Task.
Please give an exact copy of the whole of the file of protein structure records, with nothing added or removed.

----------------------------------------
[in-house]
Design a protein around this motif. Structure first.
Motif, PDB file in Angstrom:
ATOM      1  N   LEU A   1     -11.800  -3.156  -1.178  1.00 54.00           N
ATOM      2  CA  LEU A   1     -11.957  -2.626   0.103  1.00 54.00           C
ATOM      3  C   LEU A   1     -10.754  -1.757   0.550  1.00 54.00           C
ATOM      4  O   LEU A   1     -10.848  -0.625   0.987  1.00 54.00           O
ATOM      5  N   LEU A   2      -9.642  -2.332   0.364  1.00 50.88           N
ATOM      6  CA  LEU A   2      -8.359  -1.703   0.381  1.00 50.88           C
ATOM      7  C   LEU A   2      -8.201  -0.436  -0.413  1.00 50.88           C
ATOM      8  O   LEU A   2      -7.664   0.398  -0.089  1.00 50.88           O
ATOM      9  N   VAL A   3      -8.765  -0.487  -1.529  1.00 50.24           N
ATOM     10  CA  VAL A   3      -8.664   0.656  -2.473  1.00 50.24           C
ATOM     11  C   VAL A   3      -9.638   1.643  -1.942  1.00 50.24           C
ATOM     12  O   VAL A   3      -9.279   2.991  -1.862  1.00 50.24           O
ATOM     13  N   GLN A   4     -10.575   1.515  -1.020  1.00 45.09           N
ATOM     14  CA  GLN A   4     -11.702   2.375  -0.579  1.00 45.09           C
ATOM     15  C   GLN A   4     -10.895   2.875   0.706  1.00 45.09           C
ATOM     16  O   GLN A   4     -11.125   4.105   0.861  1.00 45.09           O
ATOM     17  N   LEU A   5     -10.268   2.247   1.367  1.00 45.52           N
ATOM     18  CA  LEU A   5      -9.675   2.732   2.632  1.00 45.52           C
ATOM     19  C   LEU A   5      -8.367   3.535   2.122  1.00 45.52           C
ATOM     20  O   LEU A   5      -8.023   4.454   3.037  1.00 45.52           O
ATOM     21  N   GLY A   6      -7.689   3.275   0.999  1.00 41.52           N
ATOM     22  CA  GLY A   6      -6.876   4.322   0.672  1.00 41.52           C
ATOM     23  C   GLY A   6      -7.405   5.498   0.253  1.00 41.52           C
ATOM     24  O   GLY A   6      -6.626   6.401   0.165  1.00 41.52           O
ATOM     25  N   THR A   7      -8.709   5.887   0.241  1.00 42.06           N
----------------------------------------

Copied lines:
[in-house]
Design a protein around this motif. Structure first.
Motif, PDB file in Angstrom:
ATOM      1  N   LEU A   1     -11.800  -3.156  -1.178  1.00 54.00           N
ATOM      2  CA  LEU A   1     -11.957  -2.626   0.103  1.00 54.00           C
ATOM      3  C   LEU A   1     -10.754  -1.757   0.550  1.00 54.00           C
ATOM      4  O   LEU A   1     -10.848  -0.625   0.987  1.00 54.00           O
ATOM      5  N   LEU A   2      -9.642  -2.332   0.364  1.00 50.88           N
ATOM      6  CA  LEU A   2      -8.359  -1.703   0.381  1.00 50.88           C
ATOM      7  C   LEU A   2      -8.201  -0.436  -0.413  1.00 50.88           C
ATOM      8  O   LEU A   2      -7.664   0.398  -0.089  1.00 50.88           O
ATOM      9  N   VAL A   3      -8.765  -0.487  -1.529  1.00 50.24           N
ATOM     10  CA  VAL A   3      -8.664   0.656  -2.473  1.00 50.24           C
ATOM     11  C   VAL A   3      -9.638   1.643  -1.942  1.00 50.24           C
ATOM     12  O   VAL A   3      -9.279   2.991  -1.862  1.00 50.24           O
ATOM     13  N   GLN A   4     -10.575   1.515  -1.020  1.00 45.09           N
ATOM     14  CA  GLN A   4     -11.702   2.375  -0.579  1.00 45.09           C
ATOM     15  C   GLN A   4     -10.895   2.875   0.706  1.00 45.09           C
ATOM     16  O   GLN A   4     -11.125   4.105   0.861  1.00 45.09           O
ATOM     17  N   LEU A   5     -10.268   2.247   1.367  1.00 45.52           N
ATOM     18  CA  LEU A   5      -9.675   2.732   2.632  1.00 45.52           C
ATOM     19  C   LEU A   5      -8.367   3.535   2.122  1.00 45.52           C
ATOM     20  O   LEU A   5      -8.023   4.454   3.037  1.00 45.52           O
ATOM     21  N   GLY A   6      -7.689   3.275   0.999  1.00 41.52           N
ATOM     22  CA  GLY A   6      -6.876   4.322   0.672  1.00 41.52           C
ATOM     23  C   GLY A   6      -7.405   5.498   0.253  1.00 41.52           C
ATOM     24  O   GLY A   6      -6.626   6.401   0.165  1.00 41.52           O
ATOM     25  N   THR A   7      -8.709   5.887   0.241  1.00 42.06           N